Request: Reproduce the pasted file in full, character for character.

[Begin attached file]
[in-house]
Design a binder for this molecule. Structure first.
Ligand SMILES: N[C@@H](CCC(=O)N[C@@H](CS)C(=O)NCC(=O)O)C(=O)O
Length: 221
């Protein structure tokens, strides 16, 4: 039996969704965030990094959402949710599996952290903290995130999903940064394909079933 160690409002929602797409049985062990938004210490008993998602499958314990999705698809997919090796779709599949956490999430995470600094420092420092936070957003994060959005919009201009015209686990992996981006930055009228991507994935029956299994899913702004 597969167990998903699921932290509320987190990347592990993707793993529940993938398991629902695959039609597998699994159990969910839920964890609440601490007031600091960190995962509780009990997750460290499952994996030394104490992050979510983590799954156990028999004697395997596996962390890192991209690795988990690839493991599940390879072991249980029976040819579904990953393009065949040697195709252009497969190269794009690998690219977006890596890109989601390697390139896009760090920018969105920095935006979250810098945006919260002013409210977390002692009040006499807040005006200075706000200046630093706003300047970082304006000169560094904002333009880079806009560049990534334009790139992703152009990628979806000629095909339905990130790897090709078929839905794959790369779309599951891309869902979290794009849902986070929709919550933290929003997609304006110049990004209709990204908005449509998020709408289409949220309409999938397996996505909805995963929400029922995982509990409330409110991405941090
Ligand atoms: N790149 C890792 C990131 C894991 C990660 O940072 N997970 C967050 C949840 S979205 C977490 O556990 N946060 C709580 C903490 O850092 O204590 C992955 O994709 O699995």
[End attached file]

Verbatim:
[in-house]
Design a binder for this molecule. Structure first.
Ligand SMILES: N[C@@H](CCC(=O)N[C@@H](CS)C(=O)NCC(=O)O)C(=O)O
Length: 221
């Protein structure tokens, strides 16, 4: 039996969704965030990094959402949710599996952290903290995130999903940064394909079933 160690409002929602797409049985062990938004210490008993998602499958314990999705698809997919090796779709599949956490999430995470600094420092420092936070957003994060959005919009201009015209686990992996981006930055009228991507994935029956299994899913702004 597969167990998903699921932290509320987190990347592990993707793993529940993938398991629902695959039609597998699994159990969910839920964890609440601490007031600091960190995962509780009990997750460290499952994996030394104490992050979510983590799954156990028999004697395997596996962390890192991209690795988990690839493991599940390879072991249980029976040819579904990953393009065949040697195709252009497969190269794009690998690219977006890596890109989601390697390139896009760090920018969105920095935006979250810098945006919260002013409210977390002692009040006499807040005006200075706000200046630093706003300047970082304006000169560094904002333009880079806009560049990534334009790139992703152009990628979806000629095909339905990130790897090709078929839905794959790369779309599951891309869902979290794009849902986070929709919550933290929003997609304006110049990004209709990204908005449509998020709408289409949220309409999938397996996505909805995963929400029922995982509990409330409110991405941090
Ligand atoms: N790149 C890792 C990131 C894991 C990660 O940072 N997970 C967050 C949840 S979205 C977490 O556990 N946060 C709580 C903490 O850092 O204590 C992955 O994709 O699995």